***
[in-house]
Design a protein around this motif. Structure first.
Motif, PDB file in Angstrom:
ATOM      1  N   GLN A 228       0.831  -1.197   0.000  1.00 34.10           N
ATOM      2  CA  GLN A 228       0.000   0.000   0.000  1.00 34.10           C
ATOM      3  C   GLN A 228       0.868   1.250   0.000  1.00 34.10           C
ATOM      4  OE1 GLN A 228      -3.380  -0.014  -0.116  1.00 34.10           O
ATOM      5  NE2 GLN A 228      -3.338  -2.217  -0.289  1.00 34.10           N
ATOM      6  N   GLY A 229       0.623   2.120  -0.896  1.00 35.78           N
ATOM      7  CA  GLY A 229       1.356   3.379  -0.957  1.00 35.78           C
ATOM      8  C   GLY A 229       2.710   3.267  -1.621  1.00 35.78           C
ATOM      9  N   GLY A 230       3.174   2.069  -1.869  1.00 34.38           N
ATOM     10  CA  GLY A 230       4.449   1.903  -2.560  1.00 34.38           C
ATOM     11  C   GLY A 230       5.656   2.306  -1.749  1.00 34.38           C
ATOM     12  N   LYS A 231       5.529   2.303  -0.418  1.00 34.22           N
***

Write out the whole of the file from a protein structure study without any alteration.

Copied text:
[in-house]
Design a protein around this motif. Structure first.
Motif, PDB file in Angstrom:
ATOM      1  N   GLN A 228       0.831  -1.197   0.000  1.00 34.10           N
ATOM      2  CA  GLN A 228       0.000   0.000   0.000  1.00 34.10           C
ATOM      3  C   GLN A 228       0.868   1.250   0.000  1.00 34.10           C
ATOM      4  OE1 GLN A 228      -3.380  -0.014  -0.116  1.00 34.10           O
ATOM      5  NE2 GLN A 228      -3.338  -2.217  -0.289  1.00 34.10           N
ATOM      6  N   GLY A 229       0.623   2.120  -0.896  1.00 35.78           N
ATOM      7  CA  GLY A 229       1.356   3.379  -0.957  1.00 35.78           C
ATOM      8  C   GLY A 229       2.710   3.267  -1.621  1.00 35.78           C
ATOM      9  N   GLY A 230       3.174   2.069  -1.869  1.00 34.38           N
ATOM     10  CA  GLY A 230       4.449   1.903  -2.560  1.00 34.38           C
ATOM     11  C   GLY A 230       5.656   2.306  -1.749  1.00 34.38           C
ATOM     12  N   LYS A 231       5.529   2.303  -0.418  1.00 34.22           N